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Austrian oil giant OMV, which had a permit to explore the Great South Basin for oil and gas but failed to find anything when it dropped test wells earlier this year, this week announced it would no longer search for gas and oil in the area.
Dunedin city councillor Andrew Whiley said he was not surprised but was disappointed at the news, reported by BusinessDesk yesterday.
Oil Free Otago spokeswoman Rosemary Penwarden, however, said she was thrilled.
BusinessDesk reported OMV and its partners, Beach Energy and Mitsui & Co, had surrendered two major offshore permits, including its permit in the 16,715sqkm Great South Basin.
It meant New Zealand would be left with about 36,000sqkm of exploration areas, about a third of the size it was before the Government declared an end to offshore exploration permits in April 2018.
An OMV spokesman told BusinessDesk the decision to surrender the permits followed a review of its international portfolio which found the East Coast permit was no longer a strategic fit and any discovery there would have been a challenge to develop.
That reflected the result of its unsuccessful drill of the Tawhaki-1 well in the Great South Basin off the Otago coast earlier this year.
OMV was awarded its 15-year permit in 2014, BusinessDesk reported.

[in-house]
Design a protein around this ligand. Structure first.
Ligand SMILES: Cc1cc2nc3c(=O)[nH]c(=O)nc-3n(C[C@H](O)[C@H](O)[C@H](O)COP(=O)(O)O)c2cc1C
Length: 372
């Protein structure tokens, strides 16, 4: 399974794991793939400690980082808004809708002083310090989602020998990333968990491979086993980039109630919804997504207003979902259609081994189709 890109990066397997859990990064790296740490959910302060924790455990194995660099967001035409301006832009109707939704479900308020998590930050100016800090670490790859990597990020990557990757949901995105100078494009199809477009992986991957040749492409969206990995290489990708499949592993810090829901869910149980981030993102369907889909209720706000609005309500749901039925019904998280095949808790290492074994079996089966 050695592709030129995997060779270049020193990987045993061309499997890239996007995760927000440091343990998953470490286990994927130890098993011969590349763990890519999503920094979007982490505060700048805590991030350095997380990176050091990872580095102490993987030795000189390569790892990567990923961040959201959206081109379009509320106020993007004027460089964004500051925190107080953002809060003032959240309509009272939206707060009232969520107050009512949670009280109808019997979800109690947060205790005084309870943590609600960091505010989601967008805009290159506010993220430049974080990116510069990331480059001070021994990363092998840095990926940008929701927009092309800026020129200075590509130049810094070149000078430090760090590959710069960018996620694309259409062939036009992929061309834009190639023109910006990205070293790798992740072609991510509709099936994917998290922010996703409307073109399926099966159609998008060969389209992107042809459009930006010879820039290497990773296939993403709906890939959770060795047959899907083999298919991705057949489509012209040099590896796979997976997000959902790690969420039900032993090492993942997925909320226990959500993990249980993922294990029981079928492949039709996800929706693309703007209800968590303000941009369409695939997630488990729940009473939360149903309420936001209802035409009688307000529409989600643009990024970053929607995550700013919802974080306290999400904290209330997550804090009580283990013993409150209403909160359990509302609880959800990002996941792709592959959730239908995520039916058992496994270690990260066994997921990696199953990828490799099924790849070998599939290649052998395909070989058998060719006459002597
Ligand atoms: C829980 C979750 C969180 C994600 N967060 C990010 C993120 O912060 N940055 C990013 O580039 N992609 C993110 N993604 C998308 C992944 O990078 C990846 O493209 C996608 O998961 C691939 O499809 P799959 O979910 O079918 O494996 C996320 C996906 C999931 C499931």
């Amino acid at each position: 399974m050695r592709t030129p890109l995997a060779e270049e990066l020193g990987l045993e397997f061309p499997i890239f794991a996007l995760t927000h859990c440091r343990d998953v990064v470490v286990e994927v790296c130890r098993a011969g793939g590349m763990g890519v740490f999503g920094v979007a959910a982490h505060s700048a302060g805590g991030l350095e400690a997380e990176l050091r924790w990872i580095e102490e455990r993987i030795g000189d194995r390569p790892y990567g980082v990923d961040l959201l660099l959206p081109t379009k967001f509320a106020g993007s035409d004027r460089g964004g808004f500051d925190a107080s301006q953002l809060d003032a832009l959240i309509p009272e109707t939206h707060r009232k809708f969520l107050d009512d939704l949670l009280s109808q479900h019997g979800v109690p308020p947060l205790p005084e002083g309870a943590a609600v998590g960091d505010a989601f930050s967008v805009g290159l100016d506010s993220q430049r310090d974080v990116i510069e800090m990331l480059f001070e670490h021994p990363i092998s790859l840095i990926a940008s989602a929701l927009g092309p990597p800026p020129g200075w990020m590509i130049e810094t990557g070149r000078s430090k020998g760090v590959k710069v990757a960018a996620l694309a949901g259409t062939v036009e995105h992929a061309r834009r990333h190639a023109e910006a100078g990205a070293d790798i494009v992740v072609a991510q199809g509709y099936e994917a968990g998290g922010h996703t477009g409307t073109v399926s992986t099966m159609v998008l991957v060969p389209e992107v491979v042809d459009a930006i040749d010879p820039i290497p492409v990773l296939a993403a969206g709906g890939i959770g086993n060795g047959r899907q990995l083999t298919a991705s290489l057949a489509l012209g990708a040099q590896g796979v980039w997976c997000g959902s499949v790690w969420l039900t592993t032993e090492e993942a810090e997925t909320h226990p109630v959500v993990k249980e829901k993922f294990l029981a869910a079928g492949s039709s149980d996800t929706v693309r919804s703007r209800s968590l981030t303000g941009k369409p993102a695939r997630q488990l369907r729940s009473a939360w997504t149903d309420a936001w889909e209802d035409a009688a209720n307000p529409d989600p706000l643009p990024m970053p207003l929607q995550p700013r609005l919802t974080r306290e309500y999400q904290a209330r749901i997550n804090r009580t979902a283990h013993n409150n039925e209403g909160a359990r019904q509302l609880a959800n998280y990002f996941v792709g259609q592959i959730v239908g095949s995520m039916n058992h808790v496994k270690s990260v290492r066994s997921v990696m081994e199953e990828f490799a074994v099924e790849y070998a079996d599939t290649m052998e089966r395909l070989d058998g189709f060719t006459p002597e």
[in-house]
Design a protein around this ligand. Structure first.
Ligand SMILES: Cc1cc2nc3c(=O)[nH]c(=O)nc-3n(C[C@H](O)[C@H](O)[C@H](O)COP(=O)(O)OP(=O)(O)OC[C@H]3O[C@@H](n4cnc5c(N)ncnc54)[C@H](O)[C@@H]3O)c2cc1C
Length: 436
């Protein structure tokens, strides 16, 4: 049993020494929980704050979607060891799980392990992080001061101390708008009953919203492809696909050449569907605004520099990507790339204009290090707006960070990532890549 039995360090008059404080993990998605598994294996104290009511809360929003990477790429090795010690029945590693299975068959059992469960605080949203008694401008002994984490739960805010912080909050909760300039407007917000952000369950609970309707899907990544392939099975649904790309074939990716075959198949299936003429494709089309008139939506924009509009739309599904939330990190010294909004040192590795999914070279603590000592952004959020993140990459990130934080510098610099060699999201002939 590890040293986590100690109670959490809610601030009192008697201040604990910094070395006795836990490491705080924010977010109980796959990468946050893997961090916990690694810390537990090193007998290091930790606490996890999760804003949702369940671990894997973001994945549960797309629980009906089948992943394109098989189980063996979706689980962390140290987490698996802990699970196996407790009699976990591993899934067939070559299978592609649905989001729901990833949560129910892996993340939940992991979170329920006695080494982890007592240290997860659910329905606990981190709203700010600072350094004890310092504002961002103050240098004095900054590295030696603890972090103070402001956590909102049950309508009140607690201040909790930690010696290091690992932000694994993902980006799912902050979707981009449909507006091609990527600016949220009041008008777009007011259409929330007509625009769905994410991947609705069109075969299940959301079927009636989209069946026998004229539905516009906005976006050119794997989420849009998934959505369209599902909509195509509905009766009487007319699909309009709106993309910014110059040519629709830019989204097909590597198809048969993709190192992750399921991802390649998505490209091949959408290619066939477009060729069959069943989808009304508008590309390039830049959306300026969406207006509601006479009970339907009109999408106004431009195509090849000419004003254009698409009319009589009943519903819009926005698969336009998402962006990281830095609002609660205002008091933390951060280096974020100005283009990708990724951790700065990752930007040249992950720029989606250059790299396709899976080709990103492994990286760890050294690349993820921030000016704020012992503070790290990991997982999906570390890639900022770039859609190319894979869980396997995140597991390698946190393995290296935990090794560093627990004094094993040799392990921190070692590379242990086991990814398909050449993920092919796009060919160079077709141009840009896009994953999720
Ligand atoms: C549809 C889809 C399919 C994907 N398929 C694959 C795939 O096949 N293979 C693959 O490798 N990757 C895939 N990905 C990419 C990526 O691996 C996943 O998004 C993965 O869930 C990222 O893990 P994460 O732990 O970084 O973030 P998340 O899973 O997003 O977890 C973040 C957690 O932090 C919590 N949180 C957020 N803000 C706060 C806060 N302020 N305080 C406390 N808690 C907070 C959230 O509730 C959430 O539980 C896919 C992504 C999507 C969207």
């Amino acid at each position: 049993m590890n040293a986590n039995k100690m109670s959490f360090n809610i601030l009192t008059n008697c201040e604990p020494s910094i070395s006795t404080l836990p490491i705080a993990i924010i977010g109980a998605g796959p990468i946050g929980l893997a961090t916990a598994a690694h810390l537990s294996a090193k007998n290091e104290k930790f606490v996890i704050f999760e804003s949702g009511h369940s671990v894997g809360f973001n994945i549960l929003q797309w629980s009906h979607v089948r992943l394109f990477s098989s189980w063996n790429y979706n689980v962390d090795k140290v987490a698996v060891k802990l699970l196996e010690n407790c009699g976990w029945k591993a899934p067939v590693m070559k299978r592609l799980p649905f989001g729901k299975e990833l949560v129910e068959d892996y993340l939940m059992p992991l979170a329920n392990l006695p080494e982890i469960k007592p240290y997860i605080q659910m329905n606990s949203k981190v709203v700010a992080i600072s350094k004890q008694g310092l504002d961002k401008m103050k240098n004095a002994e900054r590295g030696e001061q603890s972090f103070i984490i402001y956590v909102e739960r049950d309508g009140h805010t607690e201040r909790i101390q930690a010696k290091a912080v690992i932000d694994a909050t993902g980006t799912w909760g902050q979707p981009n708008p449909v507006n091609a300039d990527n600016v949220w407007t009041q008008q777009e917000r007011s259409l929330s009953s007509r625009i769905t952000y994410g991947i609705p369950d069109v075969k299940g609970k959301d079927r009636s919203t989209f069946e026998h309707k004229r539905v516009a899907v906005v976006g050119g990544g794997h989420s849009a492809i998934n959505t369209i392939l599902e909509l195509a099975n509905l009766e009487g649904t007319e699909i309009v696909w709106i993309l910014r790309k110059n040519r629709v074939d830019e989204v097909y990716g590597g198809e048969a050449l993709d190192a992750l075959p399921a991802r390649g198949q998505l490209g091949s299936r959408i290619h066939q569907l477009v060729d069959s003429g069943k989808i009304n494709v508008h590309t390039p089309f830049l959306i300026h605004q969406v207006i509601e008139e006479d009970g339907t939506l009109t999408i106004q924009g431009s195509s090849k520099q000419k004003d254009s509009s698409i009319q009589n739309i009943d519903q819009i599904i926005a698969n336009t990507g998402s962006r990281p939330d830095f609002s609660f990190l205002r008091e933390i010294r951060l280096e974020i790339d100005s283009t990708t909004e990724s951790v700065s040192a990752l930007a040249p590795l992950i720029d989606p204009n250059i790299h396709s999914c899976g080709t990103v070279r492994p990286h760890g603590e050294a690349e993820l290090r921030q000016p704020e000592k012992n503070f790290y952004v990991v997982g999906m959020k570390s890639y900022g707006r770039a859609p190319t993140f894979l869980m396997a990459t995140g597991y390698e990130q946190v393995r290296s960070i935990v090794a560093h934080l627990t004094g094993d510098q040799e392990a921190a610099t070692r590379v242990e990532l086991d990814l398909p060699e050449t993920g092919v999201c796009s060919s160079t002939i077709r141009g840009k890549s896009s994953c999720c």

Previously, there had been excitement from some that oil and gas drilling off Otago could bring economic gains.
Mr Whiley said in the quest to go carbon-neutral, the opportunity off Dunedin’s coast for a major gas find, which he believed would have great benefits both locally and nationally, was being missed.
"They [OMV] do believe there was a very strong find out there, and Government permitting, that the country will prosper from a rich resource off our coast."
Mr Whiley understood the commitment to drill further would have been "quite intensive" for the company.
There were other areas in the world where governments were "more supportive" and that was where OMV would likely put its energy, Mr Whiley said.
His disappointment was not shared by Ms Penwarden.
She said Oil Free Otago was pleased OMV had surrendered its permits.
"It is really good news that they are doing the right thing and have dropped the idea of drilling in our beautiful, pristine, Southern Ocean.
"We are in a climate emergency. Our government has declared that climate emergency."
While New Zealand Oil and Gas continued to drill in the area, she hoped there would be a ripple effect.
The Southern Ocean was remote and dangerous and drilling companies tended to share rigs and information, she said.
Without that support, she believed it could be difficult for the last company standing in an area to continue.
"I think New Zealand has the opportunity to show the world where we could go before it is too late."